Some criticized the measure, saying most of the bill's components are narrow changes to existing policy or other government programs, and observed that it does not include an overall target to reduce emissions or any economy-wide mechanism to affect emissions, such as a carbon price or a mandate.

The National Mining Association and The Nature Conservancy both issued positive statements about the measure, though the latter said more needed to be done.

Some environmental groups, including Friends of the Earth and the Sierra Club, opposed the legislation, noting that it "includes a number of small-bore proposals, some productive and some detrimental."

Katie Tubb, a senior policy analyst for energy and environmental issues in the Thomas A. Roe Institute for Economic Policy Studies, called the package, "well intentioned" but a "bridge too far."

"But rather than improving private-sector access to federal assets, reducing regulatory barriers, and addressing the political risks that nuclear energy faces, it quite literally proposes that the government do the work of private companies for them-to improve their product, acquire financing, and find potential customers," Tubb wrote March 2.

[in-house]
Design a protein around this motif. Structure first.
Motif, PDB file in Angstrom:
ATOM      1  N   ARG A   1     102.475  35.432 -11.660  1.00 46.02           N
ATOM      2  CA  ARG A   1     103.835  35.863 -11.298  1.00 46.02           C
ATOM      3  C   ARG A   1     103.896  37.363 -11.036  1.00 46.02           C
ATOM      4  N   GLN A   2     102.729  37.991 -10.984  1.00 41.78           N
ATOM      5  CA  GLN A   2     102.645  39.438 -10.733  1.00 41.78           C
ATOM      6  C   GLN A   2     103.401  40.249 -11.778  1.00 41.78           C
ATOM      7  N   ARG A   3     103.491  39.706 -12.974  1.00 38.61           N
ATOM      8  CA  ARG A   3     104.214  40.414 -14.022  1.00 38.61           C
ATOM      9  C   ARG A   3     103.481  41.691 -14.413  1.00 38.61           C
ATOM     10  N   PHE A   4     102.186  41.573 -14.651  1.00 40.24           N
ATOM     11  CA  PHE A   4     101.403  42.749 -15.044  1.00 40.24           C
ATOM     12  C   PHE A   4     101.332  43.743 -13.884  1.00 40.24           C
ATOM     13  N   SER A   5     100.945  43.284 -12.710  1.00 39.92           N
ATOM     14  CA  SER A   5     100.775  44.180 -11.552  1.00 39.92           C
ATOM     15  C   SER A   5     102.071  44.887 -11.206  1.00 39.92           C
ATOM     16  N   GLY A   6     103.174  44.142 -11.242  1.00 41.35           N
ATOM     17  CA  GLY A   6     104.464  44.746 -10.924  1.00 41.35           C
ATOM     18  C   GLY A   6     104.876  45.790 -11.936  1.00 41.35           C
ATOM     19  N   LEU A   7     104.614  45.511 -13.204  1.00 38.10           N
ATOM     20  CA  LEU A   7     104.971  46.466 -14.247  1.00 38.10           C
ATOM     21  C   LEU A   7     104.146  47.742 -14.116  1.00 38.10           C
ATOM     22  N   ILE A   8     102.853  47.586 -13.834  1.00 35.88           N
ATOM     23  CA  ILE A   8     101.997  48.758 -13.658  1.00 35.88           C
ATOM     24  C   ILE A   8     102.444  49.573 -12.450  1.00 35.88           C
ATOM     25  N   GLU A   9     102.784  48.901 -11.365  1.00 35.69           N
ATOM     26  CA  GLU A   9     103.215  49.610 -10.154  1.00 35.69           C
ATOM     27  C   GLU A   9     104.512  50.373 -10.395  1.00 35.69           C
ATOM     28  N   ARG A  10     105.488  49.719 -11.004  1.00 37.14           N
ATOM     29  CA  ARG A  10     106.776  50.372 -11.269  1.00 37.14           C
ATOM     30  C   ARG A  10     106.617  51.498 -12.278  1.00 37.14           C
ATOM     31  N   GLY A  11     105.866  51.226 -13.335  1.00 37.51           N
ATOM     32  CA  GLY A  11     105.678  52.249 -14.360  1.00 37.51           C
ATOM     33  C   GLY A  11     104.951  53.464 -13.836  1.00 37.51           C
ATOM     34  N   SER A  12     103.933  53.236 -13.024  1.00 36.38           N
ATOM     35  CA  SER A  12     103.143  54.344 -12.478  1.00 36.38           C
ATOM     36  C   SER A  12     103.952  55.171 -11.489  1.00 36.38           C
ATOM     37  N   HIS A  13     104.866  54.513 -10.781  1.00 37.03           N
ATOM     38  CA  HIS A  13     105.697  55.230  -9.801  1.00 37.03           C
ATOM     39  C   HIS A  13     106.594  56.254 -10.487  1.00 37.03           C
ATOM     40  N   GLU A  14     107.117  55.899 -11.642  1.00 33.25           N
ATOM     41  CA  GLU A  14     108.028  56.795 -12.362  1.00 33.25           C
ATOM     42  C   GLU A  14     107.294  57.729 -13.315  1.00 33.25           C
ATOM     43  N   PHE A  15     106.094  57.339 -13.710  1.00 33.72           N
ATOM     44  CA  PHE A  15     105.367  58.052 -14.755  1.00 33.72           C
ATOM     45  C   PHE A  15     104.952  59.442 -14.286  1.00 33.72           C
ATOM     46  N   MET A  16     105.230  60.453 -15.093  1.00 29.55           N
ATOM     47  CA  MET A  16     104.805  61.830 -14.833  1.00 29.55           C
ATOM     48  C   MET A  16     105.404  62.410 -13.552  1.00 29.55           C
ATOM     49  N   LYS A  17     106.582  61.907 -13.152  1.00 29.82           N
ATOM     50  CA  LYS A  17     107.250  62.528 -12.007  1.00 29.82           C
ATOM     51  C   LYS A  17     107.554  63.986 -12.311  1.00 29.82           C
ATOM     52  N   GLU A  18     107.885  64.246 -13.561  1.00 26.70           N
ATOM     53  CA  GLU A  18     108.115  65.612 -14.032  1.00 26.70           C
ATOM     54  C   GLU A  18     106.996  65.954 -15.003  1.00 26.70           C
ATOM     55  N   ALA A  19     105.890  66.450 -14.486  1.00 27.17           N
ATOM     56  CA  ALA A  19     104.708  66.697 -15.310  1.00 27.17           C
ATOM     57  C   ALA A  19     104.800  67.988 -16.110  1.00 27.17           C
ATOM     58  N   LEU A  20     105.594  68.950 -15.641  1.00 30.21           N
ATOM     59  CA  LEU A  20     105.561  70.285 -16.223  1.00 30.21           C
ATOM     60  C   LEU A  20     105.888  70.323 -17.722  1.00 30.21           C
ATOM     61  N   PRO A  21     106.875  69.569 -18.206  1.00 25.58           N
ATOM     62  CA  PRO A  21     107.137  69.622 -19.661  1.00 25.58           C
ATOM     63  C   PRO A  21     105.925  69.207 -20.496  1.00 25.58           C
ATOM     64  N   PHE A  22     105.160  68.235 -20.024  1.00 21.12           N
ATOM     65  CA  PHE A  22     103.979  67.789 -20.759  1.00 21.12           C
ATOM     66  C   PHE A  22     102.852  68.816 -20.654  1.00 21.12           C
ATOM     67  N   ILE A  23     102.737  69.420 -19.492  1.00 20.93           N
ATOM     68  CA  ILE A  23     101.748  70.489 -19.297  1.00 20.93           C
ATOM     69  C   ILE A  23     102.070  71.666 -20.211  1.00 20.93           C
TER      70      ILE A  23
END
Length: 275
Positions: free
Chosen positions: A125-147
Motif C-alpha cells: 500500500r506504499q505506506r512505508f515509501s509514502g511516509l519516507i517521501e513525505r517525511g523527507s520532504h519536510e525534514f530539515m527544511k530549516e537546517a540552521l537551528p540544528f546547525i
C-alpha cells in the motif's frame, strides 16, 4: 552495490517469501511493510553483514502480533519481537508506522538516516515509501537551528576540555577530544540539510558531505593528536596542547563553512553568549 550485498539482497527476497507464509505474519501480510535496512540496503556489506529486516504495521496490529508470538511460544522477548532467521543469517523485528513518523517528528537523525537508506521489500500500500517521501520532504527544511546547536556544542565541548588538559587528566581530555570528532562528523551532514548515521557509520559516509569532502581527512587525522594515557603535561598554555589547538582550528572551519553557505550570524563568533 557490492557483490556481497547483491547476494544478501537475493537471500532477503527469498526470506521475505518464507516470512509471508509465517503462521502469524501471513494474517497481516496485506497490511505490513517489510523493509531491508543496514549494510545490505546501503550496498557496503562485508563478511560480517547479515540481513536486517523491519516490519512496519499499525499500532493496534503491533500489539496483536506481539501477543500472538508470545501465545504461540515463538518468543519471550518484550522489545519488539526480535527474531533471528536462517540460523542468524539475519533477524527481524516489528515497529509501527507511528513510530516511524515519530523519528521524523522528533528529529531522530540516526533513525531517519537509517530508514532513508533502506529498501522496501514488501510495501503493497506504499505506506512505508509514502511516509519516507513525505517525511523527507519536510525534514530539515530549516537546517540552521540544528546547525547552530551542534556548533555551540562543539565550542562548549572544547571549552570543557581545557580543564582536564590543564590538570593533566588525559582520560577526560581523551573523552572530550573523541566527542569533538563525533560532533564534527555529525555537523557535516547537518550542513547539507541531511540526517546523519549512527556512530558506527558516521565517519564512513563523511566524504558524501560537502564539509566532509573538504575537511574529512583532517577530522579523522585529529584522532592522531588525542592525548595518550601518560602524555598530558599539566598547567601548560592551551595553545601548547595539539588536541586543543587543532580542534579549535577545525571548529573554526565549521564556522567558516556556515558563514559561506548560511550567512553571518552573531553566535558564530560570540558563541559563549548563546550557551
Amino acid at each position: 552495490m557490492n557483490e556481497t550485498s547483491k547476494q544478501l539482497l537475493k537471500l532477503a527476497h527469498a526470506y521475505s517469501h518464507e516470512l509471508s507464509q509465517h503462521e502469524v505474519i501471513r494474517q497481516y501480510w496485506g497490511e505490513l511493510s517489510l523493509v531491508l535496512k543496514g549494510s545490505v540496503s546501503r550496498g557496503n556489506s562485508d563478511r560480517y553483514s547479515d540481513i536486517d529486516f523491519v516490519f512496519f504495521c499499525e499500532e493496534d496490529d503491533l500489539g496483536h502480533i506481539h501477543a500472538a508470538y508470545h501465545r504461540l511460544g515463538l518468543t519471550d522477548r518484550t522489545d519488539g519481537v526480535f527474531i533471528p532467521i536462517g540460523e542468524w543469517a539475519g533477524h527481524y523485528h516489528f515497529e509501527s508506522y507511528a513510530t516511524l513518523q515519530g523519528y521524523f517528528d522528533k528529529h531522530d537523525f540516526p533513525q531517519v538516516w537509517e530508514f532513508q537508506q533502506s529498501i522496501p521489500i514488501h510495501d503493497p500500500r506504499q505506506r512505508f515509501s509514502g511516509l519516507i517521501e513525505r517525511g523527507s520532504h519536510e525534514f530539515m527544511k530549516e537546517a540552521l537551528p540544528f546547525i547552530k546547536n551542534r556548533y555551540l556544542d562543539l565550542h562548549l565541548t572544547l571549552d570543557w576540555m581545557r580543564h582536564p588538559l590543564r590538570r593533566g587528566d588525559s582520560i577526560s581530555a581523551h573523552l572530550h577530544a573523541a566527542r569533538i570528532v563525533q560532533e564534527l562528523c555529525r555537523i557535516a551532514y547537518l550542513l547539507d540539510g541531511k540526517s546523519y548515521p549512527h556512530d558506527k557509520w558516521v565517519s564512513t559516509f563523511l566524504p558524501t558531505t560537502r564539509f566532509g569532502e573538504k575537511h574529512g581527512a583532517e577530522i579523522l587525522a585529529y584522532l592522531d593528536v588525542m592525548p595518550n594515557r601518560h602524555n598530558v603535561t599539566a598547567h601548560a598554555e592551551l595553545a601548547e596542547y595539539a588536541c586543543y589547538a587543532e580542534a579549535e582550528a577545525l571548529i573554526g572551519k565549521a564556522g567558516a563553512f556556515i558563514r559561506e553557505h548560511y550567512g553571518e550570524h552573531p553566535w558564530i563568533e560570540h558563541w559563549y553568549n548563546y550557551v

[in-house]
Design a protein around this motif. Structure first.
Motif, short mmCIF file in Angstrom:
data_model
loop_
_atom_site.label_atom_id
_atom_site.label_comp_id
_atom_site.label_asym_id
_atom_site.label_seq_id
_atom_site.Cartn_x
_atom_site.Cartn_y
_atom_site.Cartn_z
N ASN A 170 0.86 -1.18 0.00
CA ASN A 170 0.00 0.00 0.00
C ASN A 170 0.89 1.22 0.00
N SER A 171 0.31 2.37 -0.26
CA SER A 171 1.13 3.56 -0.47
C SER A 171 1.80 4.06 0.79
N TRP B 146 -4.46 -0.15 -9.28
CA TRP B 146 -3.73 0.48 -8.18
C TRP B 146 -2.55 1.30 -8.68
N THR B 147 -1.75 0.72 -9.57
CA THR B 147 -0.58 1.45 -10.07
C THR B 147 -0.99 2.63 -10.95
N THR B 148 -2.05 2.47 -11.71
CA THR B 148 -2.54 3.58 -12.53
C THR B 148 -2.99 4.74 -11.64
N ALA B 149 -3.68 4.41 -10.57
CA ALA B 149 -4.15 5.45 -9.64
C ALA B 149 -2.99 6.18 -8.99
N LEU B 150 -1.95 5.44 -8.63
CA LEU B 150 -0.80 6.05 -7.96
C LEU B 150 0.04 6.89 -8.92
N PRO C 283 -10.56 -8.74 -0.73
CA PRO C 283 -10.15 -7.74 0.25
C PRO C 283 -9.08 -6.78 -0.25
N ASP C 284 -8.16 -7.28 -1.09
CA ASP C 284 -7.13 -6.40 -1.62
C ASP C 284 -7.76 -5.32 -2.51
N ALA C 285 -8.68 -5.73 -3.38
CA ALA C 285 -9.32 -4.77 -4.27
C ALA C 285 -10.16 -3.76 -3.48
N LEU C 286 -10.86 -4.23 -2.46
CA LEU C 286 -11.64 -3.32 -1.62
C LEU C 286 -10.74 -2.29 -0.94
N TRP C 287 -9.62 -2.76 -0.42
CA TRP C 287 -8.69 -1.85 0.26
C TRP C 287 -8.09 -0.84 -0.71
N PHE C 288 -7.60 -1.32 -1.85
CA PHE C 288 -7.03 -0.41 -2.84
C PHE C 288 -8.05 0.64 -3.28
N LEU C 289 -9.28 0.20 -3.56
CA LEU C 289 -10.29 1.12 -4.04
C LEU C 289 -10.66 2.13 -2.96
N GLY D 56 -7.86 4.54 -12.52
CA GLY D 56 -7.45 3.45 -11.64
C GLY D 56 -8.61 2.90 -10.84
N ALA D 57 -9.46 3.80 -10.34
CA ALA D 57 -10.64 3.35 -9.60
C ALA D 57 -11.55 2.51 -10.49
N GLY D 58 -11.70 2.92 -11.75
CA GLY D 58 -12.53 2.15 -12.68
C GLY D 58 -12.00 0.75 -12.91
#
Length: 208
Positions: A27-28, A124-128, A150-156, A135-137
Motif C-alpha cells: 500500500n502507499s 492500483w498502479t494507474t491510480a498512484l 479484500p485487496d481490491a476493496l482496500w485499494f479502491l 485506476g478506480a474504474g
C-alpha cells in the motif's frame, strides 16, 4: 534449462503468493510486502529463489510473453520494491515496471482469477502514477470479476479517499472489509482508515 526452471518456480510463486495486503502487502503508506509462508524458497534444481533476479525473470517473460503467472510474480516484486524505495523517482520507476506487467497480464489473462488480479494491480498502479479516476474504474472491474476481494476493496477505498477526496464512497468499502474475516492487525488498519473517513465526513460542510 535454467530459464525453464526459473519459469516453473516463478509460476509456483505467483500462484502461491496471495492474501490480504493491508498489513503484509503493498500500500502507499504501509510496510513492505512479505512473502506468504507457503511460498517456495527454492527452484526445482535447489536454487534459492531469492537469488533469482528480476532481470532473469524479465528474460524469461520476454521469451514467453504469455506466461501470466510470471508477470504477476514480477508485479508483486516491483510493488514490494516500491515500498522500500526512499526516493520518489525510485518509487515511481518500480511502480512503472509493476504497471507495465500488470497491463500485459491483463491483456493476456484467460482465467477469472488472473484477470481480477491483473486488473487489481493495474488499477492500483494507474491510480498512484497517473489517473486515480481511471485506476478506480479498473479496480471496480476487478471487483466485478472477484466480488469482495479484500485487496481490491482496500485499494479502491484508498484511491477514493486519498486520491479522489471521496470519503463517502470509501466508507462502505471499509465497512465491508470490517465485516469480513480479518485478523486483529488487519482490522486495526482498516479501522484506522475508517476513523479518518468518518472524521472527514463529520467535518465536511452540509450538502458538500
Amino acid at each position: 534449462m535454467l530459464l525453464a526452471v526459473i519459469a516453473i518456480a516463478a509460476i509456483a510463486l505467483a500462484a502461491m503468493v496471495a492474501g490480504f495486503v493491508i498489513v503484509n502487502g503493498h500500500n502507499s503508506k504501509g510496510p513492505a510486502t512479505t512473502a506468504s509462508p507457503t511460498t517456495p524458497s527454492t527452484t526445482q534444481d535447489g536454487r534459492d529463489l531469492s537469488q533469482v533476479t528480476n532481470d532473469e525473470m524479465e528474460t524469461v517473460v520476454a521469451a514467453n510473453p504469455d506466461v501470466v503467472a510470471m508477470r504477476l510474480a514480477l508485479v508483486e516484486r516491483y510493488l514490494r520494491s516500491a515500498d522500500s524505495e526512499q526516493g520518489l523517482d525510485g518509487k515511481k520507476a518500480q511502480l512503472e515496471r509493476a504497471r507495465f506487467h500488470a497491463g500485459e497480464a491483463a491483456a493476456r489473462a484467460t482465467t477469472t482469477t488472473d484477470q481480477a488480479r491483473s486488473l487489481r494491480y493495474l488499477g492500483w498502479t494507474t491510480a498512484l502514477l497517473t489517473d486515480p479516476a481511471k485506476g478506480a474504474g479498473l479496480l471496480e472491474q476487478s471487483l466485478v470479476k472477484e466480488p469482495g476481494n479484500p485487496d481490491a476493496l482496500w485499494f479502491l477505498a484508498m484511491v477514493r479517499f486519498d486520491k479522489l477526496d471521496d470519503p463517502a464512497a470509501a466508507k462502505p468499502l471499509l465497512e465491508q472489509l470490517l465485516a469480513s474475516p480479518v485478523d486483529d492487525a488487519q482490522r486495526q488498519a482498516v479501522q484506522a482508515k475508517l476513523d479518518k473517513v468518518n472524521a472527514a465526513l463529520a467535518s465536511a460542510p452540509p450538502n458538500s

The legislation will make "the nuclear industry politically dependent, and consequently politically vulnerable," without being effective, the analyst predicted.

The American Conservative Coalition, a group of conservative millennials formed in 2017 who believe that economic and environmental success can go hand in hand, said the AEIA has "many encouraging provisions," and noted that the 50-plus individual bills that form the legislation are sponsored by more than 60 senators who fall all across the political spectrum.

"Any steps taken to reduce emissions are positive, no matter how incremental. But the American Energy Innovation Act is not at all incremental; it instead offers a host of effective policies that will strengthen the environment and economy," the ACC noted.

Dispute over HFCs